Crafting Policy to Bridge the Red-Blue Divide
December 14, 2011
Before the scorched earth political reality we know today, Washington, DC was the mecca for horse trading, deal making, and IOU’s were traded like baseball cards. All this political dealing was done in back rooms and away from the cameras and media. The idea wasn’t to win or bury the other guy. The idea was to get things done, in a way that kept the game alive till the next round. Everybody got a little and gave a little.
There are more than a few politicians who want to bring those days back.
Hopefully, their constituents who have become accustomed to the blood sport can be made to feel the same way.
The Bipartisan Policy Center, a think tank founded four years ago by four former U.S Senate majority leaders, works to overcome political polarization.
Mississippi Republican Trent Lott recently recalled the Washington he moved to as a House aide in 1968: members of both parties would gather on Thursday evenings to play gin rummy, sip bourbon, and smoke cigars.“They knew each other,” he said. “They respected each other.”
Three decades later — when he and South Dakota Democrat Tom Daschle traded Senate leadership as their parties traded majorities — each repeatedly would ask the other: “Is there a way we can get this done together?”
Senators were highly partisan and had deep philosophical disagreements, he said. “It was pretty tough, and it got ugly sometimes.” But enough senators were willing to compromise that it was possible to find common ground and legislate.
Now, he said, relations between Democrats and Republicans in Washington are “as bad as I’ve ever seen.”
Lott made the comments at a recent conference on “Taking the Poison out of Partisanship” sponsored by the Bipartisan Policy Center, a Washington think tank that tries to bridge the gap that Lott described.
Four former Senate majority leaders — Democrats Daschle and George Mitchell, and Republicans Bob Dole and Howard Baker — founded the center in 2007, when extreme partisanship was having “a corrosive effect on our ability to govern,” Baker said at the time. In launching the organization, Mitchell added that “we need to use the best ideas from right and left to address key issues.”
Since, the American political landscape has become even more polarized. A National Journal study of congressional votes in 2010 found that every Republican senator was more conservative than every Democrat, and just five House Republicans voted more liberally than the most conservative House Democrat. In some of the most important votes of 2009 and 2010, no Republican supported health-care reform or the economic stimulus package.
Meanwhile, the Bipartisan Policy Center has attracted support from across the political spectrum. Lott is a senior fellow, as are three other GOP former members of Congress (Utah’s Robert Bennett, New Mexico’s Pete Domenici, and Tennessee’s Bill Frist), two Democrats (North Dakota’s Byron Dorgan and former Agriculture Secretary Dan Glickman), and retired Marine Corps general James L. Jones. Three Democrats and three Republicans sit on its advisory council of former governors. Its board of directors includes Ralph Cavanagh, co-director of the Natural Resources Defense Council’s energy program, and John Rowe, chairman and CEO of the Exelon Corp., one of the country’s largest power companies.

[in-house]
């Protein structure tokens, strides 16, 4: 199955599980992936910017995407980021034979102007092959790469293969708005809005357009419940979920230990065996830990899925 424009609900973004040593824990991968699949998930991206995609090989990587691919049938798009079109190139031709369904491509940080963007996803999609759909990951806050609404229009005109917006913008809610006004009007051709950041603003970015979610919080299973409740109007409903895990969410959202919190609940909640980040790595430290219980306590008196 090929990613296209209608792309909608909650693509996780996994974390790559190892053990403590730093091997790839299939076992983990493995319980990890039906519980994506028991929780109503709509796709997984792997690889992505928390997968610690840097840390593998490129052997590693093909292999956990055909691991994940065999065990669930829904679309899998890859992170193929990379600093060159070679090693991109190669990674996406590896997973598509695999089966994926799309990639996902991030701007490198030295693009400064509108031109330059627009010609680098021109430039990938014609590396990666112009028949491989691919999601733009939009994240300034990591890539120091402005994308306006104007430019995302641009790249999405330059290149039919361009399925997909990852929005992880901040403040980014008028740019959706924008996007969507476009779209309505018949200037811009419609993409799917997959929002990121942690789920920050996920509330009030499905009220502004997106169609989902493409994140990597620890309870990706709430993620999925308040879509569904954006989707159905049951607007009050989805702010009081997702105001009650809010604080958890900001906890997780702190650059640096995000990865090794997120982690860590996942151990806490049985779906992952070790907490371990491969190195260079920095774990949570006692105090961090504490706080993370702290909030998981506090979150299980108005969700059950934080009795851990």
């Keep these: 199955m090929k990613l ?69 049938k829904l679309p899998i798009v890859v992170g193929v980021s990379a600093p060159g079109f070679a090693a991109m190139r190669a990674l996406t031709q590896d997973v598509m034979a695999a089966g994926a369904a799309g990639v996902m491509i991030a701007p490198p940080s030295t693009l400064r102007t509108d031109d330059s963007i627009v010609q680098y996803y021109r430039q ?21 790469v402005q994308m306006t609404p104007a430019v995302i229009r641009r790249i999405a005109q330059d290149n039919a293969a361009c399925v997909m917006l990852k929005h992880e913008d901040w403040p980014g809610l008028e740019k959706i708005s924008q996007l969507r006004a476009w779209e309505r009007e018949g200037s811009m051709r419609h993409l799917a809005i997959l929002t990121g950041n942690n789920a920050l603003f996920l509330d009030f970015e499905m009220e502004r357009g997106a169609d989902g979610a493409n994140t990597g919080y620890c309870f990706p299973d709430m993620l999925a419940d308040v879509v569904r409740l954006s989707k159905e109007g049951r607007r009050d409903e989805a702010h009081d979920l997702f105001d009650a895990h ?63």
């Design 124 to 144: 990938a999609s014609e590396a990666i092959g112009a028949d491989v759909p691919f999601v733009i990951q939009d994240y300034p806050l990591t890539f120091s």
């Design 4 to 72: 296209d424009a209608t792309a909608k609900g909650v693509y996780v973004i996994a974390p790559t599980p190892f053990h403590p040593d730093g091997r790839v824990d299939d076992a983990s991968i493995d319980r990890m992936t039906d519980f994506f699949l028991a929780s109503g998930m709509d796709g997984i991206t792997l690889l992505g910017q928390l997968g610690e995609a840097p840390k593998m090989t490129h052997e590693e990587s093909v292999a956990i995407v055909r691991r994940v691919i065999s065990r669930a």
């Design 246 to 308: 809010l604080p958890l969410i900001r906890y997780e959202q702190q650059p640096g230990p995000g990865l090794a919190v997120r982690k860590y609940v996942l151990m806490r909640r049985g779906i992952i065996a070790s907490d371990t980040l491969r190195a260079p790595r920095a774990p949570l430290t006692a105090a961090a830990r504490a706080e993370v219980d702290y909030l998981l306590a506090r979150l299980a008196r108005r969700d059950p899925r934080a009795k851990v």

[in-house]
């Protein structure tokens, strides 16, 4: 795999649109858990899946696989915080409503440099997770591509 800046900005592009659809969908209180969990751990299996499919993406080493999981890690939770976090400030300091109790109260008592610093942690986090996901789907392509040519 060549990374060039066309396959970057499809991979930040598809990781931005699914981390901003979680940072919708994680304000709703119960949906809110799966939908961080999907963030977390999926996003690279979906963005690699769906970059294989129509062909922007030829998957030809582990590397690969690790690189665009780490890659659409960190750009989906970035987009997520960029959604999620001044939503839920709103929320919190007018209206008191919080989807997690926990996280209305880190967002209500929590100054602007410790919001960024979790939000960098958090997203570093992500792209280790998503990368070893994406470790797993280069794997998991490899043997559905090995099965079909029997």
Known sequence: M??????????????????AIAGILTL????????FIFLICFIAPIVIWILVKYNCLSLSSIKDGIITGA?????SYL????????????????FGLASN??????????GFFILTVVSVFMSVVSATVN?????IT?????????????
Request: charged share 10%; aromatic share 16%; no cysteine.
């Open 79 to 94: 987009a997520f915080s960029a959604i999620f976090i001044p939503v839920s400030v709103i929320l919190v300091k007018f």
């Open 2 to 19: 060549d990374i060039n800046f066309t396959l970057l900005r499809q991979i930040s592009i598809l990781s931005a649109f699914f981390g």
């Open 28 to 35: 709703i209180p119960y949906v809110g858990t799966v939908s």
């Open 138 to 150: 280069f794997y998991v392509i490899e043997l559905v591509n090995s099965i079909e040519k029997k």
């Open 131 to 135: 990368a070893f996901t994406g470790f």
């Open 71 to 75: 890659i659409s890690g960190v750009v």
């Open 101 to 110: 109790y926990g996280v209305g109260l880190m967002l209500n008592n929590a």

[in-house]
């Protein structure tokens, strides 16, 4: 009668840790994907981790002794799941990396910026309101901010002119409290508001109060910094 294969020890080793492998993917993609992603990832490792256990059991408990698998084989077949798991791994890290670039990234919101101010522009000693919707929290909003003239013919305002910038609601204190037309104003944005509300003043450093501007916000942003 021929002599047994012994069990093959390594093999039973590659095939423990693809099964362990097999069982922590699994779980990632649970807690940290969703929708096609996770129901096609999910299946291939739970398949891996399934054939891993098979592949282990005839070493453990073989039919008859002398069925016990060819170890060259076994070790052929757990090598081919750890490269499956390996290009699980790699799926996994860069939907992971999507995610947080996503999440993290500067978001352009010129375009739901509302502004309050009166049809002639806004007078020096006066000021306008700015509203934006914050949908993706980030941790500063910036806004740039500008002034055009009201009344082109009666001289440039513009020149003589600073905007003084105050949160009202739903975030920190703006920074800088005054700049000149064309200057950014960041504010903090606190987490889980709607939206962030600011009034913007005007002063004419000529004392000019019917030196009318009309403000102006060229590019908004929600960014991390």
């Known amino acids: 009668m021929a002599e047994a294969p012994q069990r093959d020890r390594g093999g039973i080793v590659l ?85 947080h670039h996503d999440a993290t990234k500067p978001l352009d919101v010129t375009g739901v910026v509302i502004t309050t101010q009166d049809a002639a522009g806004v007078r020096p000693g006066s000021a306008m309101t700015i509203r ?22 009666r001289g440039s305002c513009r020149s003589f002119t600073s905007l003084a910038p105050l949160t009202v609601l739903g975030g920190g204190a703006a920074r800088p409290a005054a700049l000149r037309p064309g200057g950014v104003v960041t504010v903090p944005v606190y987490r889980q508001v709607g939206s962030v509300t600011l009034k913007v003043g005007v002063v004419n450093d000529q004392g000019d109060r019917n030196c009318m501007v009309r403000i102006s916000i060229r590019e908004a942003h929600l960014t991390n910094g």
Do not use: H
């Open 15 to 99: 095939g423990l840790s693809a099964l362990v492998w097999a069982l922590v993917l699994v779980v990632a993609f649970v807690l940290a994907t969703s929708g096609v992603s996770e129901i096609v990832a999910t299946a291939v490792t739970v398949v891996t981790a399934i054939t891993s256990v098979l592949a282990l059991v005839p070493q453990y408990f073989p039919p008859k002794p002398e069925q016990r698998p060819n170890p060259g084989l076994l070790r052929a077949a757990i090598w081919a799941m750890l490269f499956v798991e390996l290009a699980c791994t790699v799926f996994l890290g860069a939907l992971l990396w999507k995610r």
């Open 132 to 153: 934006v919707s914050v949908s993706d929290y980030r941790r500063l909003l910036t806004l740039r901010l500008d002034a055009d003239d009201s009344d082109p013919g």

Financial support comes from 16 foundations, three dozen corporations, and a dozen individual philanthropists. Starting with a staff of six, it has grown to a staff of 60 with a $19 million annual budget.
Putting together panels of experts and former government officials, the organization churns out policy papers on issues ranging from housing to national security to climate change, and it promotes them on Capitol Hill. The organization grew out of the National Commission on Energy Policy, a bipartisan group of experts from government and the private sector.
Cavanagh said he originally joined the energy panel because he was attracted to the idea that “you could have a vividly diverse group and you could get at least a partial consensus that would help unstick a quagmire in Washington.”
He gets mixed reactions from other environmentalists because of the compromises needed to reach bipartisan agreements. “Sometimes, imperfect packages are assembled in efforts to find a common solution,” he explained. “This at times results in recommendations that important environmental constituencies do not agree with.”
Prominent panelists generate media interest in the reports. A debt-reduction study — led by former Senate Budget Committee Chairman Pete Domenici, a Republican, and Democrat Alice Rivlin, who was the White House budget director in the first Clinton administration — drew attention for its bold and comprehensive nature. Their proposals included raising taxes and cutting popular spending programs and tax deductions.
The debt-reduction panel epitomized the center’s approach. A diverse group convenes, makes compromises, and produces proposals with something for everyone to like — and hate. “Not every member agrees with every element of this plan,” the panel warned at the front of its report. But they had proved that “at this time of political uncertainty, a bipartisan group can craft a comprehensive and viable blueprint to tackle the nation’s most serious economic challenges.”…